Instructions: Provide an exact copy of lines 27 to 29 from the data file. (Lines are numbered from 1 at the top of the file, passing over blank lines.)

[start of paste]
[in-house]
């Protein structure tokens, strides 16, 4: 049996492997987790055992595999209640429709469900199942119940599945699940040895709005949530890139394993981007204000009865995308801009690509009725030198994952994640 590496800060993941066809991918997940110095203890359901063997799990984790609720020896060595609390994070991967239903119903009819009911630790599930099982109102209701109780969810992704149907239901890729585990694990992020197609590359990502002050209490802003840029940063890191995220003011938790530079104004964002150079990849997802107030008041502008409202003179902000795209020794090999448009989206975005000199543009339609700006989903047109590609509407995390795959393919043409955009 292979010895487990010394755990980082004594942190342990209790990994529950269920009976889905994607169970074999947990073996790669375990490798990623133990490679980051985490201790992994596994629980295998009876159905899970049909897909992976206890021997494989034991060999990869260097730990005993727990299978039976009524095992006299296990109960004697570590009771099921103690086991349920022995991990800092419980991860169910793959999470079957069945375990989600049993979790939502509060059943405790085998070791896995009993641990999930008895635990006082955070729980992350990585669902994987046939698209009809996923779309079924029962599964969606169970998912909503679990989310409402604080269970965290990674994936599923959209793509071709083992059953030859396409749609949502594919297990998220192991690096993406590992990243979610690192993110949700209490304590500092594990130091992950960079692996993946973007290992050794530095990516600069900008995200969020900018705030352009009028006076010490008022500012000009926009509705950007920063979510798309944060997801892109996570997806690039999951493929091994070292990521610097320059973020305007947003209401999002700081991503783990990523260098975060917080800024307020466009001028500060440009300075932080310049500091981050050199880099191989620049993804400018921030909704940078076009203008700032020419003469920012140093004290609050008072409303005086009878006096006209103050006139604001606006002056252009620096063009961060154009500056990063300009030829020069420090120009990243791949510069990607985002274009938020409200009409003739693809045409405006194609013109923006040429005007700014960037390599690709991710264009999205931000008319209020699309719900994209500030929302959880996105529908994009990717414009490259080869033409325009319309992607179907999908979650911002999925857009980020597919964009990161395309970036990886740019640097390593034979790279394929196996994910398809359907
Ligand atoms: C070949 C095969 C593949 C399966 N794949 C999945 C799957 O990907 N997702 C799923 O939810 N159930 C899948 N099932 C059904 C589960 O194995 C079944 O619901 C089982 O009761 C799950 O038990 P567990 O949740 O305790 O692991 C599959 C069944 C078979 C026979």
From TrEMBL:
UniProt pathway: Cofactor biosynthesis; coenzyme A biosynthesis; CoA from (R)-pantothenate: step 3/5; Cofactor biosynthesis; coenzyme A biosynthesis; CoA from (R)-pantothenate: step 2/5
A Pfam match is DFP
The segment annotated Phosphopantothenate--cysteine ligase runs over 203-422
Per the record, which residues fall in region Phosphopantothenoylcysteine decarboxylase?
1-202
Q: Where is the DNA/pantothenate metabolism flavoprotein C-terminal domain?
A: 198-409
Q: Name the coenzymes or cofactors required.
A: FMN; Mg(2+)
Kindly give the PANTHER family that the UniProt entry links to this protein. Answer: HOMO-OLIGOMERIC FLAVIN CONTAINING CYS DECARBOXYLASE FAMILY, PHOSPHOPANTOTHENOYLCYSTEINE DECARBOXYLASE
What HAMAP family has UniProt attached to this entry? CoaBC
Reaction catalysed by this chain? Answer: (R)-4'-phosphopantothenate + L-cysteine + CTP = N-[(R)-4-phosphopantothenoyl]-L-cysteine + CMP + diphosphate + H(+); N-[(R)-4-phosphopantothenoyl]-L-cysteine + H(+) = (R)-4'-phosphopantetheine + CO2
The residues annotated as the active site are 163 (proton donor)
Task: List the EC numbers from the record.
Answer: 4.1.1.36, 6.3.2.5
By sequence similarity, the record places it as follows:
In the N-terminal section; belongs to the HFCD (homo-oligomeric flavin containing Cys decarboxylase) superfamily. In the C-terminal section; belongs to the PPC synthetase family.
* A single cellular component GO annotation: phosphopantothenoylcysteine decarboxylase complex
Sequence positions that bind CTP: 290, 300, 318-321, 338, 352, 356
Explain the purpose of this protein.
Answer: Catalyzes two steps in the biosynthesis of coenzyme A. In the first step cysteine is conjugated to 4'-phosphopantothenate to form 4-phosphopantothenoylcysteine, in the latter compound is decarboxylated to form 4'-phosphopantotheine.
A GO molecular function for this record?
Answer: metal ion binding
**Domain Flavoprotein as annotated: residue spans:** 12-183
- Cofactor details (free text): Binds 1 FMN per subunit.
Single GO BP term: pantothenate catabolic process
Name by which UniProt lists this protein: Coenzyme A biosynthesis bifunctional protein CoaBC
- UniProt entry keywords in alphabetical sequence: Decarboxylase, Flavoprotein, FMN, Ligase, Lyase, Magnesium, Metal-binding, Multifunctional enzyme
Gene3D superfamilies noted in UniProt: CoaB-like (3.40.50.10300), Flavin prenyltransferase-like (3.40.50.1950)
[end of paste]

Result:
Answer: metal ion binding
**Domain Flavoprotein as annotated: residue spans:** 12-183
- Cofactor details (free text): Binds 1 FMN per subunit.